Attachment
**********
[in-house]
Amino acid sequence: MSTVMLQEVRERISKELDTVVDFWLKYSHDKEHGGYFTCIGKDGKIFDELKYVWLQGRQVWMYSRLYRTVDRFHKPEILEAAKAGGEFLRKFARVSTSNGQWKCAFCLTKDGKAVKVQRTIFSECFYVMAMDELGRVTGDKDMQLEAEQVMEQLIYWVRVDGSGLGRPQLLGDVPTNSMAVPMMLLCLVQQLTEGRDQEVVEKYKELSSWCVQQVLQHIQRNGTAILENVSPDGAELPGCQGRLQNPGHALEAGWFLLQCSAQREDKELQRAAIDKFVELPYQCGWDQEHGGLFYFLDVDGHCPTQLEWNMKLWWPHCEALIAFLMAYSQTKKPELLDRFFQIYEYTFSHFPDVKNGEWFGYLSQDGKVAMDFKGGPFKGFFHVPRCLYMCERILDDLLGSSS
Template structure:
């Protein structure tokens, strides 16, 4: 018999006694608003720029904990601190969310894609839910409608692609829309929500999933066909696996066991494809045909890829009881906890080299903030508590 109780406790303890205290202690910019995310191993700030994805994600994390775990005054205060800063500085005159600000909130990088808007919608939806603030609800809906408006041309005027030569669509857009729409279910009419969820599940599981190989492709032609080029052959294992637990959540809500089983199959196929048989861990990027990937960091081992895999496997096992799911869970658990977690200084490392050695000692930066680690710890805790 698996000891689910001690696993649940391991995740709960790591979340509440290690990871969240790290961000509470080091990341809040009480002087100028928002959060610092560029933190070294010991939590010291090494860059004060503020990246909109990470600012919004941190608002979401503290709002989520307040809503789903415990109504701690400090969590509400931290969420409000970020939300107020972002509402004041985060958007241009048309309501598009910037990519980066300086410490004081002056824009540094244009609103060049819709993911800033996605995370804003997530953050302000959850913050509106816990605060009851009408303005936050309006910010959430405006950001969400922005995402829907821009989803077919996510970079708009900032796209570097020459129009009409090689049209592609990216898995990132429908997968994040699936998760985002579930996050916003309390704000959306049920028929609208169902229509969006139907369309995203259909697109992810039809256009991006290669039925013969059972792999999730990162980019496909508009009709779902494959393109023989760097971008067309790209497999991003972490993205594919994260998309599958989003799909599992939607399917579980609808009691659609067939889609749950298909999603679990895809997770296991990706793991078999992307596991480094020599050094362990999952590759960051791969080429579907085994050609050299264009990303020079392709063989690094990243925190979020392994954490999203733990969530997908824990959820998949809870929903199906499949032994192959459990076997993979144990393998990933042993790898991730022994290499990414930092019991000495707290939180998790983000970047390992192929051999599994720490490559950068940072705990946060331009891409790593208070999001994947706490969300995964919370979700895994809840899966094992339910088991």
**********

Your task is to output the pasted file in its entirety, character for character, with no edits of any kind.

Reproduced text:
[in-house]
Amino acid sequence: MSTVMLQEVRERISKELDTVVDFWLKYSHDKEHGGYFTCIGKDGKIFDELKYVWLQGRQVWMYSRLYRTVDRFHKPEILEAAKAGGEFLRKFARVSTSNGQWKCAFCLTKDGKAVKVQRTIFSECFYVMAMDELGRVTGDKDMQLEAEQVMEQLIYWVRVDGSGLGRPQLLGDVPTNSMAVPMMLLCLVQQLTEGRDQEVVEKYKELSSWCVQQVLQHIQRNGTAILENVSPDGAELPGCQGRLQNPGHALEAGWFLLQCSAQREDKELQRAAIDKFVELPYQCGWDQEHGGLFYFLDVDGHCPTQLEWNMKLWWPHCEALIAFLMAYSQTKKPELLDRFFQIYEYTFSHFPDVKNGEWFGYLSQDGKVAMDFKGGPFKGFFHVPRCLYMCERILDDLLGSSS
Template structure:
């Protein structure tokens, strides 16, 4: 018999006694608003720029904990601190969310894609839910409608692609829309929500999933066909696996066991494809045909890829009881906890080299903030508590 109780406790303890205290202690910019995310191993700030994805994600994390775990005054205060800063500085005159600000909130990088808007919608939806603030609800809906408006041309005027030569669509857009729409279910009419969820599940599981190989492709032609080029052959294992637990959540809500089983199959196929048989861990990027990937960091081992895999496997096992799911869970658990977690200084490392050695000692930066680690710890805790 698996000891689910001690696993649940391991995740709960790591979340509440290690990871969240790290961000509470080091990341809040009480002087100028928002959060610092560029933190070294010991939590010291090494860059004060503020990246909109990470600012919004941190608002979401503290709002989520307040809503789903415990109504701690400090969590509400931290969420409000970020939300107020972002509402004041985060958007241009048309309501598009910037990519980066300086410490004081002056824009540094244009609103060049819709993911800033996605995370804003997530953050302000959850913050509106816990605060009851009408303005936050309006910010959430405006950001969400922005995402829907821009989803077919996510970079708009900032796209570097020459129009009409090689049209592609990216898995990132429908997968994040699936998760985002579930996050916003309390704000959306049920028929609208169902229509969006139907369309995203259909697109992810039809256009991006290669039925013969059972792999999730990162980019496909508009009709779902494959393109023989760097971008067309790209497999991003972490993205594919994260998309599958989003799909599992939607399917579980609808009691659609067939889609749950298909999603679990895809997770296991990706793991078999992307596991480094020599050094362990999952590759960051791969080429579907085994050609050299264009990303020079392709063989690094990243925190979020392994954490999203733990969530997908824990959820998949809870929903199906499949032994192959459990076997993979144990393998990933042993790898991730022994290499990414930092019991000495707290939180998790983000970047390992192929051999599994720490490559950068940072705990946060331009891409790593208070999001994947706490969300995964919370979700895994809840899966094992339910088991």